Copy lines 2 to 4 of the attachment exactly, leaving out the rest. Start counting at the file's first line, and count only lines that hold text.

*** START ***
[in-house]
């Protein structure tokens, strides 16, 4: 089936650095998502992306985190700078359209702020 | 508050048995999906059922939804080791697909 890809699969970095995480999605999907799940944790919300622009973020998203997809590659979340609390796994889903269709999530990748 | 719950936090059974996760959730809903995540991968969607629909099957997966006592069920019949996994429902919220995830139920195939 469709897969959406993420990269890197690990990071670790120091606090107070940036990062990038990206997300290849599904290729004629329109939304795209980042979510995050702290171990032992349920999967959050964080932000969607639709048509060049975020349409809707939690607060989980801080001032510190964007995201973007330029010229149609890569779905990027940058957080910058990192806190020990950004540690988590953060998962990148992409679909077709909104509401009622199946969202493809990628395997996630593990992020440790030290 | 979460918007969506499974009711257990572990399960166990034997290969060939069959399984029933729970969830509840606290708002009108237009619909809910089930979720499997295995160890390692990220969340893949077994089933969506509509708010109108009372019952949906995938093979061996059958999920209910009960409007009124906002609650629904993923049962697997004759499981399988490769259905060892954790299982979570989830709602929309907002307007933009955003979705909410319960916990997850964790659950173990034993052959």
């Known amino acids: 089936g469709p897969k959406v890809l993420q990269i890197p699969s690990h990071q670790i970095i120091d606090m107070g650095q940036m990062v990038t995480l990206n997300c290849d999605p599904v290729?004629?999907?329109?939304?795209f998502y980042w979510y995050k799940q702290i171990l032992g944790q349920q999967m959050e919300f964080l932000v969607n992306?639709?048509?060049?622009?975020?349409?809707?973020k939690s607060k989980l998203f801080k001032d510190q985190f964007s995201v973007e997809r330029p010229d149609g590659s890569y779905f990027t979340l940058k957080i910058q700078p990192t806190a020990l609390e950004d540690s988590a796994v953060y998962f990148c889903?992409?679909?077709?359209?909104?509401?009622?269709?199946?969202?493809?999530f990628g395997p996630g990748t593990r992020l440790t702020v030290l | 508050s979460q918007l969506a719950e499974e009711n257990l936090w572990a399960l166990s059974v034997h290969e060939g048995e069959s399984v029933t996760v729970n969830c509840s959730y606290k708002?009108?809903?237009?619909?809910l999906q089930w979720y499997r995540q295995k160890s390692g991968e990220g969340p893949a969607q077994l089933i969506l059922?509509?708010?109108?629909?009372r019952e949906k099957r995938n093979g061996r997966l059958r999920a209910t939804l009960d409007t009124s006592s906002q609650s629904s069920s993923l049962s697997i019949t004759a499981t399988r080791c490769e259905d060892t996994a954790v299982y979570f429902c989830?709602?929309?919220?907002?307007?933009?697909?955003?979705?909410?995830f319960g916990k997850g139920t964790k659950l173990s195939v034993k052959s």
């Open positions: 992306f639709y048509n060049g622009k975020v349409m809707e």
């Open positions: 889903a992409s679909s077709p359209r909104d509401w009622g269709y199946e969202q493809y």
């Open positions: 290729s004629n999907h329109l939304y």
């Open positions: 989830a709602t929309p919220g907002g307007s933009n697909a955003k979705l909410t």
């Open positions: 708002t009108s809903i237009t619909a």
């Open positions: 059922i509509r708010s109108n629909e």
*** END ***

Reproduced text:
């Protein structure tokens, strides 16, 4: 089936650095998502992306985190700078359209702020 | 508050048995999906059922939804080791697909 890809699969970095995480999605999907799940944790919300622009973020998203997809590659979340609390796994889903269709999530990748 | 719950936090059974996760959730809903995540991968969607629909099957997966006592069920019949996994429902919220995830139920195939 469709897969959406993420990269890197690990990071670790120091606090107070940036990062990038990206997300290849599904290729004629329109939304795209980042979510995050702290171990032992349920999967959050964080932000969607639709048509060049975020349409809707939690607060989980801080001032510190964007995201973007330029010229149609890569779905990027940058957080910058990192806190020990950004540690988590953060998962990148992409679909077709909104509401009622199946969202493809990628395997996630593990992020440790030290 | 979460918007969506499974009711257990572990399960166990034997290969060939069959399984029933729970969830509840606290708002009108237009619909809910089930979720499997295995160890390692990220969340893949077994089933969506509509708010109108009372019952949906995938093979061996059958999920209910009960409007009124906002609650629904993923049962697997004759499981399988490769259905060892954790299982979570989830709602929309907002307007933009955003979705909410319960916990997850964790659950173990034993052959």
């Known amino acids: 089936g469709p897969k959406v890809l993420q990269i890197p699969s690990h990071q670790i970095i120091d606090m107070g650095q940036m990062v990038t995480l990206n997300c290849d999605p599904v290729?004629?999907?329109?939304?795209f998502y980042w979510y995050k799940q702290i171990l032992g944790q349920q999967m959050e919300f964080l932000v969607n992306?639709?048509?060049?622009?975020?349409?809707?973020k939690s607060k989980l998203f801080k001032d510190q985190f964007s995201v973007e997809r330029p010229d149609g590659s890569y779905f990027t979340l940058k957080i910058q700078p990192t806190a020990l609390e950004d540690s988590a796994v953060y998962f990148c889903?992409?679909?077709?359209?909104?509401?009622?269709?199946?969202?493809?999530f990628g395997p996630g990748t593990r992020l440790t702020v030290l | 508050s979460q918007l969506a719950e499974e009711n257990l936090w572990a399960l166990s059974v034997h290969e060939g048995e069959s399984v029933t996760v729970n969830c509840s959730y606290k708002?009108?809903?237009?619909?809910l999906q089930w979720y499997r995540q295995k160890s390692g991968e990220g969340p893949a969607q077994l089933i969506l059922?509509?708010?109108?629909?009372r019952e949906k099957r995938n093979g061996r997966l059958r999920a209910t939804l009960d409007t009124s006592s906002q609650s629904s069920s993923l049962s697997i019949t004759a499981t399988r080791c490769e259905d060892t996994a954790v299982y979570f429902c989830?709602?929309?919220?907002?307007?933009?697909?955003?979705?909410?995830f319960g916990k997850g139920t964790k659950l173990s195939v034993k052959s």
């Open positions: 992306f639709y048509n060049g622009k975020v349409m809707e």